Reflexes come and go; CIDP is forever
Like Julia, my reflexes have come and gone, sometimes within a month, but when I am doing well, I have them. My neurologist has never once suggested that my CIDP went away or was misdiagnosed. Something about that word CHRONIC seems to escape people.
There are sets of diagnostic criteria for CIDP. Reflexes are only part of the clinical presentation. More important are distal and proximal muscle weakness and/or paresthesia and other sensory issues. Nerve conduction velocity is generally the key test, with elevated protein in CSF as a usual adjunct. Some sets of criteria require a sural nerve biopsy, others don’t. If you meet the criteria, you have CIDP (very likely, anyway). If you don’t, you don’t (likely don’t, anyway; nothing is exact in medicine).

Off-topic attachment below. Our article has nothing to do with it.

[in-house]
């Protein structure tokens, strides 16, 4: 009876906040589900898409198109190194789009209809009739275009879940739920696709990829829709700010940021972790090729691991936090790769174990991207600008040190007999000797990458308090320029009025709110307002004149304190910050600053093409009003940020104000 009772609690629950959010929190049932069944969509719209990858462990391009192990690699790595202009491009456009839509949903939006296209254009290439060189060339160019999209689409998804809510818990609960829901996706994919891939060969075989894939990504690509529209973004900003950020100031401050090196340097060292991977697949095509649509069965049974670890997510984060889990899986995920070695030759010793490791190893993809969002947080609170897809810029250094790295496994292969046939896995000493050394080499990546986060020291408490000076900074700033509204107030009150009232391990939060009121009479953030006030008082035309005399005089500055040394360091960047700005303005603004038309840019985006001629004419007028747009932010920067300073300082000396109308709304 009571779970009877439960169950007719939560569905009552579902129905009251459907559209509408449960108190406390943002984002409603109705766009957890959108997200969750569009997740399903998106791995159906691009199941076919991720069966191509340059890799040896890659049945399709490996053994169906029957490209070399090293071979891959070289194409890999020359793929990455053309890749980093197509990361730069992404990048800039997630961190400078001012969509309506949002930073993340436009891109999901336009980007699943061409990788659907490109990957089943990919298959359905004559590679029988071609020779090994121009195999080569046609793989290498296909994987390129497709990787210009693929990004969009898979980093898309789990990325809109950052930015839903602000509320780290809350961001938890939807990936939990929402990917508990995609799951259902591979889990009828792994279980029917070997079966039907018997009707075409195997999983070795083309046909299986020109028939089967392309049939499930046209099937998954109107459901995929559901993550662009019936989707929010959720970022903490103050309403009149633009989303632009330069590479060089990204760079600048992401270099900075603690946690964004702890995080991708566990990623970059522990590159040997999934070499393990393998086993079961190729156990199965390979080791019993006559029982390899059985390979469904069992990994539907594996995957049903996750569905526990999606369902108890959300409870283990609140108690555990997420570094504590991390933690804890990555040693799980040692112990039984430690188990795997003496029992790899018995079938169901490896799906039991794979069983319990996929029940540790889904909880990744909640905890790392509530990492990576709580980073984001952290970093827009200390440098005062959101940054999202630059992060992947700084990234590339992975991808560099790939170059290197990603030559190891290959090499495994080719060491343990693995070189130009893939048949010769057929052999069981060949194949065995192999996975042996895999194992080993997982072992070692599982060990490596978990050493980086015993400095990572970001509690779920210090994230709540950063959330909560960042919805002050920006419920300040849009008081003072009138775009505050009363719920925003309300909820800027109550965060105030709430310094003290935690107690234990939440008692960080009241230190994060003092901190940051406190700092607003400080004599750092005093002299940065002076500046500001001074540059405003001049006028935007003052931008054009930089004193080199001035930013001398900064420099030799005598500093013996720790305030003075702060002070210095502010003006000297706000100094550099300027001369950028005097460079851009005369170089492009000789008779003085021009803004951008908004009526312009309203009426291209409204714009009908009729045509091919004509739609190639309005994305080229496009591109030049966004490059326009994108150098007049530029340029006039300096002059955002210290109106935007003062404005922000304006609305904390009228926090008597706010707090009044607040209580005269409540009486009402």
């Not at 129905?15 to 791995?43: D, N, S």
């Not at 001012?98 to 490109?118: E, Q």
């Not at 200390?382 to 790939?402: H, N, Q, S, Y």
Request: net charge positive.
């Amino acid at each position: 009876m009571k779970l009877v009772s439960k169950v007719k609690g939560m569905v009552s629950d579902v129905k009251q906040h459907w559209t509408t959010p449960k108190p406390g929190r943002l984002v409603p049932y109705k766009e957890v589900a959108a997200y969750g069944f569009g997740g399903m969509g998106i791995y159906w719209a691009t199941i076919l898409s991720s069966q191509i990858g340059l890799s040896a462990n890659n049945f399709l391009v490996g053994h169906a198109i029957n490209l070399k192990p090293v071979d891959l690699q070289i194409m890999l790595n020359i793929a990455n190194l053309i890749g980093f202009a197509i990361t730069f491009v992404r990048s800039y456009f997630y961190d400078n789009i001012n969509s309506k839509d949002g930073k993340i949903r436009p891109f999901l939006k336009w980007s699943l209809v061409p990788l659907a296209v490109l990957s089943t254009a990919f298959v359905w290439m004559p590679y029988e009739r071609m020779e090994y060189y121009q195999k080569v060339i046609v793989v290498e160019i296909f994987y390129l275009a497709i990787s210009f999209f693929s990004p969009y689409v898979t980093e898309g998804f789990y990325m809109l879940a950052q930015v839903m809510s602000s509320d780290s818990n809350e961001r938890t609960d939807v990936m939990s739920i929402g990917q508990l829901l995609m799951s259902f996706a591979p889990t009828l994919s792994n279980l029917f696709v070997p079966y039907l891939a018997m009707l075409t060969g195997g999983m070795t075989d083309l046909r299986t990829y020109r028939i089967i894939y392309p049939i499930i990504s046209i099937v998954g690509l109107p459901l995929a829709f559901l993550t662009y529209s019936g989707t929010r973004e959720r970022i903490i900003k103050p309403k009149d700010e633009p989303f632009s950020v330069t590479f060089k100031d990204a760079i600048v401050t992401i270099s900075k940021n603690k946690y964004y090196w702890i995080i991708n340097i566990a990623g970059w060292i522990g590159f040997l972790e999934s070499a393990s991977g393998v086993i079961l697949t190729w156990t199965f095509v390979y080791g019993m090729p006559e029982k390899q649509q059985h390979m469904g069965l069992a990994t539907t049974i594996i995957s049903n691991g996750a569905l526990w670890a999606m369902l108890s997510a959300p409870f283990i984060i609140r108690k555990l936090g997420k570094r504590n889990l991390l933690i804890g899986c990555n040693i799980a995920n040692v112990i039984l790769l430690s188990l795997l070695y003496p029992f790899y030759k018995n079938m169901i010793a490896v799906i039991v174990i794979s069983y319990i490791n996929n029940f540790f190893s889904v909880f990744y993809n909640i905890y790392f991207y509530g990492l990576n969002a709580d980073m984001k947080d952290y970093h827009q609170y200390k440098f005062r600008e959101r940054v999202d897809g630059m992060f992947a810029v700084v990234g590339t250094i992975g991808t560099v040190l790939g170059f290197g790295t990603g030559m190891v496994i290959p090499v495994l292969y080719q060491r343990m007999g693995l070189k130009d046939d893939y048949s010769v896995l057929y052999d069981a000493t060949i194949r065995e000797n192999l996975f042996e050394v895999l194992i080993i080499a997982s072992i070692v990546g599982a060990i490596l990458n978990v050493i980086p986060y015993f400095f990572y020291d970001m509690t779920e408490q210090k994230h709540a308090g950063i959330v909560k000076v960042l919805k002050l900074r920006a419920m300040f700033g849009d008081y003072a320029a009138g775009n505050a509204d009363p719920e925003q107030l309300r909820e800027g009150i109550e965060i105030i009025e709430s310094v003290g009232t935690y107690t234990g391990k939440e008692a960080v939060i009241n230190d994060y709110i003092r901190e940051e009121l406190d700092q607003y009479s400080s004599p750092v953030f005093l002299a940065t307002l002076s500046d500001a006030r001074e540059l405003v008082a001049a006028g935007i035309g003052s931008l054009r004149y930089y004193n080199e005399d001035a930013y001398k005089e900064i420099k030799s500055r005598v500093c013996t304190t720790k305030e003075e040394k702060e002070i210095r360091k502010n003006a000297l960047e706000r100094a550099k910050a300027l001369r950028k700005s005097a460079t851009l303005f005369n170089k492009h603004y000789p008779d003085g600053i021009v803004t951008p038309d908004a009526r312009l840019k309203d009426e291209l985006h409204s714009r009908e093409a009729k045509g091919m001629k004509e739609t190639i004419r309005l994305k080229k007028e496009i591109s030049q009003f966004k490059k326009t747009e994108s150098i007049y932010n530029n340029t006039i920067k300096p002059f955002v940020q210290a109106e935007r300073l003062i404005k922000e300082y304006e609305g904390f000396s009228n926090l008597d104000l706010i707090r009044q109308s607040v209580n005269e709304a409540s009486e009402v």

Did the neurologist request lab work to test for a B12 deficiency? It is a reasonable to suspect it, as such deficiency has similar symptoms. It is possible you might have both, so if it has been a while, there is no harm. If he did not, in my opinion, he should not be second-guessing the CIDP diagnosis. Even if he did, he should wait for the test results.
Godspeed in dealing with this doctor.